This squid is big – colossal, even. It can grow to over 40 ft. in total length, longer than a school bus, and its mantle is as wide as a semi truck tire. Despite having a boneless hydrostatic (fluid-supported) skeleton, it tips the scales at 1,000 lbs. – that's the weight of 1,334 full 12-ounce soda cans, a giant Pennsylvanian butter sculpture, and the heart of a Blue Whale (Balaenoptera musculus). Its eyes, larger than soccer balls, are the largest in the animal kingdom. The Colossal Squid is an example of a phenomena known as abyssal gigantism, where deep-sea species are larger than shallow-water counterparts (this is most likely a result of greater pre-maturation growth and the tendency of lifeforms in colder water to have greater mass).
Colossal Squid are relatively sedentary predators – they lie in wait for their prey, expending little energy. A hunting Colossal Squid usually swims upside down with their lifted above their head in what is called the "cockatoo" position (here's some footage of a much smaller squid exhibiting the same behavior). This gives the squid's giant bioluminescent-"searchlight" eyes a greater field of vision.
Let's focus for a moment on the Colossal Squid's world class eyes. These peepers are a foot in diameter, the single refractor lens the size of a small orange. The lens focuses light onto a retina, just as vertebrate eyes do. Unlike vertebrates, however, cephalopod eyes lack a cornea and adjust themselves not through a change in the curvature of the lens but through the movement of the eye. Unlike most squid, the Colossal Squid's eyes are forward-facing and provide stereoscopic/binocular vision. The eyeballs are also line with photophores that produce light through bioluminescence. Although these eyes are limited in some ways humans would find quite problematic (for example, they cannot distinguish color), they maximize the limited light available in the ocean's depths, their size combined with the squid's well-developed optic lobe allows for very high spatial resolution, and they allow the squid to spot from a distance of 120 m. their greatest predator – the Sperm Whale (Physeter macrocephalus).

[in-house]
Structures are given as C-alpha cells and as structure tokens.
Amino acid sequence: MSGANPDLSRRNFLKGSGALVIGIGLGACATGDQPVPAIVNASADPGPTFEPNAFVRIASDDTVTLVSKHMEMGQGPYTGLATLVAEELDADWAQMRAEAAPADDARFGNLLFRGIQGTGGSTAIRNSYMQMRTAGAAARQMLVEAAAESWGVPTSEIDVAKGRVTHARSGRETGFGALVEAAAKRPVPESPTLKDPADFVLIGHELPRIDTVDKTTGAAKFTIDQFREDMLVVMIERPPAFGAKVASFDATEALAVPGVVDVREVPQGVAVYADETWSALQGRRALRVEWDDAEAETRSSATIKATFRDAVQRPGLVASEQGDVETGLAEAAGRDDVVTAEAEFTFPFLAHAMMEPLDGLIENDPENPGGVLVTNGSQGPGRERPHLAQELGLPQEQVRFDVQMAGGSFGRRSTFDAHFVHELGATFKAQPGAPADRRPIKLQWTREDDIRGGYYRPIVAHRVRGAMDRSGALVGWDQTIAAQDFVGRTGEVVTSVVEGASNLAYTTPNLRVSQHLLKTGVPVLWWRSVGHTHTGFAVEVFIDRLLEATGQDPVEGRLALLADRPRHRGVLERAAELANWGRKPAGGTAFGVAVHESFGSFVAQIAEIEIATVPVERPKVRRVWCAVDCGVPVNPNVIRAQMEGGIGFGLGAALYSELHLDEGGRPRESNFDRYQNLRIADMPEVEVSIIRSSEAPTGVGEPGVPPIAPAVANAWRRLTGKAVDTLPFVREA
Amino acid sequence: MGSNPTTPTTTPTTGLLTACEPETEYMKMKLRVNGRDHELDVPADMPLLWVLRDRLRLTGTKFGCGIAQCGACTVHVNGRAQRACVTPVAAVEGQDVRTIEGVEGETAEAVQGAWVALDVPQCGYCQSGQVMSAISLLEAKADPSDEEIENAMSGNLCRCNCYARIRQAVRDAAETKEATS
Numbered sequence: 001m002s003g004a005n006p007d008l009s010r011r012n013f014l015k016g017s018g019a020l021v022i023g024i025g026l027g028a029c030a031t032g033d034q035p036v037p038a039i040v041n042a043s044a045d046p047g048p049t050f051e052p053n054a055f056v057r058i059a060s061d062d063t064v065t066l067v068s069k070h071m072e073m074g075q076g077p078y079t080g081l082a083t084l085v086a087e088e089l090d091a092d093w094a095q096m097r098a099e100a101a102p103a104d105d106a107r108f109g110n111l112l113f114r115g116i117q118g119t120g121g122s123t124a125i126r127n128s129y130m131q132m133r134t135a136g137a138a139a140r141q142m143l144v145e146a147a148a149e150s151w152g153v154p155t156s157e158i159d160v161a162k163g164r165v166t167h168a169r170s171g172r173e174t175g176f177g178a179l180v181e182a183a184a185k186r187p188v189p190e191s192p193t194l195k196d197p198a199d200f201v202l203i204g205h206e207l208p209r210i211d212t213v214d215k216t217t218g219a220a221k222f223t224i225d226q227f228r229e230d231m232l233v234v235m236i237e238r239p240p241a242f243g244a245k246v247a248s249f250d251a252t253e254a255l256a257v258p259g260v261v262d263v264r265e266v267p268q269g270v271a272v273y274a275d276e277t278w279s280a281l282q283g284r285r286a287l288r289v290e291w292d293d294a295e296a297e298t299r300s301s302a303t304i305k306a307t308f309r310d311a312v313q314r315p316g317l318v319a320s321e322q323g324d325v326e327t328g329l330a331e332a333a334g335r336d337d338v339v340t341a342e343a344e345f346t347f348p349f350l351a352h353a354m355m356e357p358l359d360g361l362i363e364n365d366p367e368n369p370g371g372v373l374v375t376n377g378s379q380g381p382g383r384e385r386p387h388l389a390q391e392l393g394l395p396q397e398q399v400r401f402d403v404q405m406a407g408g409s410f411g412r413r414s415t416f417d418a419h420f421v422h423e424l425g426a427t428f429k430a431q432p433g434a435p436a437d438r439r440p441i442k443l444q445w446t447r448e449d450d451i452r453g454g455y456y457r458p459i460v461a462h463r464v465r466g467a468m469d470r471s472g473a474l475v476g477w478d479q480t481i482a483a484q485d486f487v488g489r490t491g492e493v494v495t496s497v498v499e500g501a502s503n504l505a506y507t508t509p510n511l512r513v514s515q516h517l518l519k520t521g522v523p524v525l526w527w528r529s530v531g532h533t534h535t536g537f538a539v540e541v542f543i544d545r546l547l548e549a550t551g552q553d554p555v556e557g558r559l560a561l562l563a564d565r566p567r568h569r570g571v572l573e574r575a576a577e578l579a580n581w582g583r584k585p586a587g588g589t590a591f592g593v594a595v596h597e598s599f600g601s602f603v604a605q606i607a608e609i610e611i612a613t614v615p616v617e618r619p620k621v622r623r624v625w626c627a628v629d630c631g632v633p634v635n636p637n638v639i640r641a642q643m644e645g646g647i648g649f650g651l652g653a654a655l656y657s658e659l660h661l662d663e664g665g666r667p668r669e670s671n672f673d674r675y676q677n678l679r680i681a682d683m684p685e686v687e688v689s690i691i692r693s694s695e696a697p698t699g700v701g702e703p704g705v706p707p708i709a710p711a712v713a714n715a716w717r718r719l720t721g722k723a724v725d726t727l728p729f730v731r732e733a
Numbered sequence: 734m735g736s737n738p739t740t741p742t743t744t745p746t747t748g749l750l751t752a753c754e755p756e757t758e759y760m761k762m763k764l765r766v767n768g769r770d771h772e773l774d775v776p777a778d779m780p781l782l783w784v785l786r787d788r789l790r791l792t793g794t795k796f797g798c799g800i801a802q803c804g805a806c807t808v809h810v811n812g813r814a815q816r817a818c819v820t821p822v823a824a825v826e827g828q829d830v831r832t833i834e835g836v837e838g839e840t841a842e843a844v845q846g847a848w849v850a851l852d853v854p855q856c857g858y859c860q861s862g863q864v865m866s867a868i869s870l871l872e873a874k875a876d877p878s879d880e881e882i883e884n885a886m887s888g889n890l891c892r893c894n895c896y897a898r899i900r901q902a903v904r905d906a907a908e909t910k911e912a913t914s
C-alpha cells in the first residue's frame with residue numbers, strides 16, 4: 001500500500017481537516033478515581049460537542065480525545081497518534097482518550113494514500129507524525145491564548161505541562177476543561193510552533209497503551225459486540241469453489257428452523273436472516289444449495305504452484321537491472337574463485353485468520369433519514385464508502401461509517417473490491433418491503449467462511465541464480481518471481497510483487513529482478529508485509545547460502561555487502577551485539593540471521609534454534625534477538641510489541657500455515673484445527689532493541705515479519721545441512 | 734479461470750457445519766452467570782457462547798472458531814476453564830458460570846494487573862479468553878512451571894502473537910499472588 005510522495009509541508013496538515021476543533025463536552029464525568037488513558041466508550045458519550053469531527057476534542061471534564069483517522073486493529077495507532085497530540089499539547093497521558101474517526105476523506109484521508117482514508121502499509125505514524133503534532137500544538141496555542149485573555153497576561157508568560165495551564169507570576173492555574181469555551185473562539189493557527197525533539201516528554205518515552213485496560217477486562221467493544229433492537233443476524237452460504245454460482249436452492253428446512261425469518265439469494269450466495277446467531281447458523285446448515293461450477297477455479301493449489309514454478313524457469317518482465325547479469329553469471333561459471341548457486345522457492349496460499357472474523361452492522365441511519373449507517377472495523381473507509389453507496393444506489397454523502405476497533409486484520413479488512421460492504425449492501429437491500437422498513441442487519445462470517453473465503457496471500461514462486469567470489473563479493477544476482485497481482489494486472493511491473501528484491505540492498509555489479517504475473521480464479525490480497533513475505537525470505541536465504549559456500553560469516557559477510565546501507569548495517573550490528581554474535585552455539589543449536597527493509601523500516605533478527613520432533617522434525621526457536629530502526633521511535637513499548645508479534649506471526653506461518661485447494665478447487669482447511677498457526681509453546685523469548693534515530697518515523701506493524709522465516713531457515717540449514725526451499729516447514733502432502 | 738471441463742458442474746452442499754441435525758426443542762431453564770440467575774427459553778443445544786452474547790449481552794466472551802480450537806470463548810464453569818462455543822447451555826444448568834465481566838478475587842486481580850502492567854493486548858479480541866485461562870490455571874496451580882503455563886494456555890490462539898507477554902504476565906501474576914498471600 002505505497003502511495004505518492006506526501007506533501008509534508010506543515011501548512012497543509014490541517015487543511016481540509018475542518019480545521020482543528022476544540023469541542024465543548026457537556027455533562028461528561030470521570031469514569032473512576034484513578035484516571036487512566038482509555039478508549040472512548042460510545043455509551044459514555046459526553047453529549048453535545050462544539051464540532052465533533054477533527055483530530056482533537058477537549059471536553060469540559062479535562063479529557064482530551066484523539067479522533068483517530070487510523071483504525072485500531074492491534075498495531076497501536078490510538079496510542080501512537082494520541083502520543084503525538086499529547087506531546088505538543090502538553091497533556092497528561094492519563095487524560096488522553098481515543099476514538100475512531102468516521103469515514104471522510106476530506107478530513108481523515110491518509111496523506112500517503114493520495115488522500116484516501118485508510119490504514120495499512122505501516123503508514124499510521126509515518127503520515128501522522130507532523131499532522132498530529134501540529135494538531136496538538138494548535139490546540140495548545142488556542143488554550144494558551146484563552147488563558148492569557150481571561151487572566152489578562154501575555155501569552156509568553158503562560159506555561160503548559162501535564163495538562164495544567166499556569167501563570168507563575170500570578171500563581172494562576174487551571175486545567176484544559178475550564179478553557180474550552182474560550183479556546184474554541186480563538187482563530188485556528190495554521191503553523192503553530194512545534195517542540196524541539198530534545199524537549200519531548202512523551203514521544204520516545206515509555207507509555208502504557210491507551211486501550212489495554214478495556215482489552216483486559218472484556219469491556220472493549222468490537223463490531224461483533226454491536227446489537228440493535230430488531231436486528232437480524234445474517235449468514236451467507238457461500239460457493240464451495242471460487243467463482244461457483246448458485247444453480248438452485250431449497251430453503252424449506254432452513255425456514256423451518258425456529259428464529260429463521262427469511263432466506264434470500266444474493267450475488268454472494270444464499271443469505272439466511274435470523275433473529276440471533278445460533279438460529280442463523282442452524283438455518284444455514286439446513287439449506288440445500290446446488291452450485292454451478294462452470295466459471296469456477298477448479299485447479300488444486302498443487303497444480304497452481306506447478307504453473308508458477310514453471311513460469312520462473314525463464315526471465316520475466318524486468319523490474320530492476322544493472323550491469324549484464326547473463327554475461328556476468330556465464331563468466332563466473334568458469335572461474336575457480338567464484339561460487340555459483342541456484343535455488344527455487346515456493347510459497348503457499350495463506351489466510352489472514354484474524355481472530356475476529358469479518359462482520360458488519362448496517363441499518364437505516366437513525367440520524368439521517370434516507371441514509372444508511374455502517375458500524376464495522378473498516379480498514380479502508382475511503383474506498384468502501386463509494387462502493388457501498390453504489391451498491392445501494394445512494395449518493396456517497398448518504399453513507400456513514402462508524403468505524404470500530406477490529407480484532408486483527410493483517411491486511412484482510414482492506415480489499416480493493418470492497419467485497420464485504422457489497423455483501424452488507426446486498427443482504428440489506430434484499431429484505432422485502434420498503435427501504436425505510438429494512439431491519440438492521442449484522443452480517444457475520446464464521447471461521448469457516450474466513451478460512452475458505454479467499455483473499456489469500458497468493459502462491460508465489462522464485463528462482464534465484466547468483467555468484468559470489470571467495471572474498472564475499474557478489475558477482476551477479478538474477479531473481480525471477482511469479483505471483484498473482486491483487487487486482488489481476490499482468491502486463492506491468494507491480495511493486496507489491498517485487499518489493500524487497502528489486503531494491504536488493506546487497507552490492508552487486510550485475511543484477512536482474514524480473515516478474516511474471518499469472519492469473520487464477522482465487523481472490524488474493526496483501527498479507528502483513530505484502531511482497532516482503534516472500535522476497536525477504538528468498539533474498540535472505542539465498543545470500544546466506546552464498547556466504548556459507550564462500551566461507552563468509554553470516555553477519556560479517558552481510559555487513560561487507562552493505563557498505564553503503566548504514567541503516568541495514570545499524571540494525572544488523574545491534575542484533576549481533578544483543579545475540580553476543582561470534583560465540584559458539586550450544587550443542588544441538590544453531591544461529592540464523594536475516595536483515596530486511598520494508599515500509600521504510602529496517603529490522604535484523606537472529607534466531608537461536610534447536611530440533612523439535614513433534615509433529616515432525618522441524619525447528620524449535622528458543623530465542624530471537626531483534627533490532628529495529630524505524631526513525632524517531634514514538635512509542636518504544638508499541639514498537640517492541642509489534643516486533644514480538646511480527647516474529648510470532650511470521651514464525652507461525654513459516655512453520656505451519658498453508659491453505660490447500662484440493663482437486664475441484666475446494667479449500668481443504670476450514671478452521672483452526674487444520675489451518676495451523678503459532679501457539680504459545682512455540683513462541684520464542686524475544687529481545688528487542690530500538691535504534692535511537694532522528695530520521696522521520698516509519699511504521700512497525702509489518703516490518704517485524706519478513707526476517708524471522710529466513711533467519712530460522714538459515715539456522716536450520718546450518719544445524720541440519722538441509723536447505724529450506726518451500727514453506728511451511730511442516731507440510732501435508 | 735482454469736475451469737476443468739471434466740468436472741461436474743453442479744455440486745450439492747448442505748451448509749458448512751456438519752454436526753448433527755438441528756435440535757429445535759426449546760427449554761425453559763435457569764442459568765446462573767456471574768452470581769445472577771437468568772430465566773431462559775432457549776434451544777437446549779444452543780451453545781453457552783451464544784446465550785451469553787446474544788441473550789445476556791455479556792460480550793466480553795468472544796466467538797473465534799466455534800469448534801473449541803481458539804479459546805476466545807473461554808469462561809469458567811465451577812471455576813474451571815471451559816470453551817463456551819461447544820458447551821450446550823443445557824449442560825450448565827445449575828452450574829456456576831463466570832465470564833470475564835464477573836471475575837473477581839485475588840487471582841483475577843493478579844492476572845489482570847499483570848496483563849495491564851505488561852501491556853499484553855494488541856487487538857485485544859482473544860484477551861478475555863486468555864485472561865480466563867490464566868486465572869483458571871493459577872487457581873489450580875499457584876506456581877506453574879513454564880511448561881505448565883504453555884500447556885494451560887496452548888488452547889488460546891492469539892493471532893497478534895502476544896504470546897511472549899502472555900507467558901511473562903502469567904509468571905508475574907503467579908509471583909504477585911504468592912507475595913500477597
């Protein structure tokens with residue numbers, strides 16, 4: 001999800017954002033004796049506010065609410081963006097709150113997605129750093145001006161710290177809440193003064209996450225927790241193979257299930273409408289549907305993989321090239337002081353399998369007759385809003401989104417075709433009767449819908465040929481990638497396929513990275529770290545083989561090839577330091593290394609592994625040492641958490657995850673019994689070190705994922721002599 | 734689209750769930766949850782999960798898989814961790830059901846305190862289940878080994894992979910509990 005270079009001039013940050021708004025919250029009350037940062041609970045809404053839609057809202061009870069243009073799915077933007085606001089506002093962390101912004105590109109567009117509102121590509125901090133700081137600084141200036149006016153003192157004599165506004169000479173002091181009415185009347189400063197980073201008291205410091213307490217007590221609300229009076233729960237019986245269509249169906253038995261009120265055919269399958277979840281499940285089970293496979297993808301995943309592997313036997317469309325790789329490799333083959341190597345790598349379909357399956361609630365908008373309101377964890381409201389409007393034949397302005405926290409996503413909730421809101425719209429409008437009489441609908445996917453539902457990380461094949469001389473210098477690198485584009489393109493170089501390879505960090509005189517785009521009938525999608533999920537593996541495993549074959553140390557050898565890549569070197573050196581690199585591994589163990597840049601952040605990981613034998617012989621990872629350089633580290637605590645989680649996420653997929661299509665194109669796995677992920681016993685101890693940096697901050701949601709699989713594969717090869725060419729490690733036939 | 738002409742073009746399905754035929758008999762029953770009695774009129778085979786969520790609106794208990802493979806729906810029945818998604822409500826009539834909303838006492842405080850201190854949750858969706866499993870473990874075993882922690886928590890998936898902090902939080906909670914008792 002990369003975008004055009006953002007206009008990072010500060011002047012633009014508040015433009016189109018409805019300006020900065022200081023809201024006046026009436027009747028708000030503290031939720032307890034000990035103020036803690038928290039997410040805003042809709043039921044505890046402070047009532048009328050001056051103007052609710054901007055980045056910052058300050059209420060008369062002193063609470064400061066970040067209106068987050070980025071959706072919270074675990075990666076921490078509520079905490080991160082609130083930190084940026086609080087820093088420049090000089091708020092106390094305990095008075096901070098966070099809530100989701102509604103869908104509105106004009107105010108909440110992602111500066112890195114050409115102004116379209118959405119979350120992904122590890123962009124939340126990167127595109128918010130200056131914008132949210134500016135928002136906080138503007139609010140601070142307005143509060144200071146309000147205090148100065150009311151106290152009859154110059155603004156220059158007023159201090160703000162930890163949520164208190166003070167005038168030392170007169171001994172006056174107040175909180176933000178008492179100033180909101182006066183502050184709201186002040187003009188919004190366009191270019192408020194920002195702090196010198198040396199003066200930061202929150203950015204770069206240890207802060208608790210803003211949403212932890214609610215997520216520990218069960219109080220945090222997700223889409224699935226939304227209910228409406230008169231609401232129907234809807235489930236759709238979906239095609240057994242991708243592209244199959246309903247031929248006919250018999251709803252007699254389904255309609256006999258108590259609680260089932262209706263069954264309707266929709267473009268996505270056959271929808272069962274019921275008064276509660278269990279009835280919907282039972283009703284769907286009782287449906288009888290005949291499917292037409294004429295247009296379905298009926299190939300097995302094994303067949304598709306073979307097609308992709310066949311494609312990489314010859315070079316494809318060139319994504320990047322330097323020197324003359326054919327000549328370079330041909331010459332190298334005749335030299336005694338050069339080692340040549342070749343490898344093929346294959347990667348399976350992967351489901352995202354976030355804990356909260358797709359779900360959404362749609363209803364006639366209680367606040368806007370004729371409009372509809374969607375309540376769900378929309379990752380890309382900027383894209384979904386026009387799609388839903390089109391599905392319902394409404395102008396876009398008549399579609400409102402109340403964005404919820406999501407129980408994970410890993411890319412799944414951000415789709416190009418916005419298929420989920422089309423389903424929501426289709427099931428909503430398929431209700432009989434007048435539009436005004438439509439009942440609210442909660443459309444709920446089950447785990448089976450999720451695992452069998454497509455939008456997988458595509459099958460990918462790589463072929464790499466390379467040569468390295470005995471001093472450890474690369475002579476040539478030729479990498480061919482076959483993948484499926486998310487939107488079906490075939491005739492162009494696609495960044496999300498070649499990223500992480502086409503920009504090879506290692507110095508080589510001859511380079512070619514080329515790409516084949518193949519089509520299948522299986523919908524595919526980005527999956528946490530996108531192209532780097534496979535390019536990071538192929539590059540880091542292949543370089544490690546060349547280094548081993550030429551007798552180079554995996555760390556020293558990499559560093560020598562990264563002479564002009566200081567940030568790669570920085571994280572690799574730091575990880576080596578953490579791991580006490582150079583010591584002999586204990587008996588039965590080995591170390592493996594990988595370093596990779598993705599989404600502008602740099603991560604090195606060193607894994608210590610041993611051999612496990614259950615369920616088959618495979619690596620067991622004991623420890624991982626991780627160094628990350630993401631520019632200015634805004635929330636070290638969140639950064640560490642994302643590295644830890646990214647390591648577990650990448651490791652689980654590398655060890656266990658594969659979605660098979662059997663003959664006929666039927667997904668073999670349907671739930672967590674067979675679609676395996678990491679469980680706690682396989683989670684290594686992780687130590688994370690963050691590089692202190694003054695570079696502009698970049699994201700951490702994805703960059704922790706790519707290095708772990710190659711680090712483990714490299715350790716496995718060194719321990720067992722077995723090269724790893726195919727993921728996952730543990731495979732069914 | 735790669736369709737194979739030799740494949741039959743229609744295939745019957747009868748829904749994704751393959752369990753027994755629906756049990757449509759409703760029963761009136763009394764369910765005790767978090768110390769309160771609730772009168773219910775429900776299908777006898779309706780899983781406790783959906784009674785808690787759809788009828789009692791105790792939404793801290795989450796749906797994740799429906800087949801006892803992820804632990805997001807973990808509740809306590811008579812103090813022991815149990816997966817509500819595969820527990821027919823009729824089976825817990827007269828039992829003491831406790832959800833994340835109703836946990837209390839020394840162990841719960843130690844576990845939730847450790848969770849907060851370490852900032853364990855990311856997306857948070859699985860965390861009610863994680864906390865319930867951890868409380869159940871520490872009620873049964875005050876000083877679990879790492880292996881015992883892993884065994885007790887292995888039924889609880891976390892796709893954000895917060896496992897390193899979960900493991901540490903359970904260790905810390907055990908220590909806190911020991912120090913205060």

Juvenile squid, which hatch from a gelatinous, floating mass of eggs, are easy prey for a variety of deep-sea fish and squid. They grow to maturity in 1-3 years. Instead of using a hectocotylus (sexually-developed arm) to insert a spermatophore into the the female, males's genitals directly implant sperm into their mates.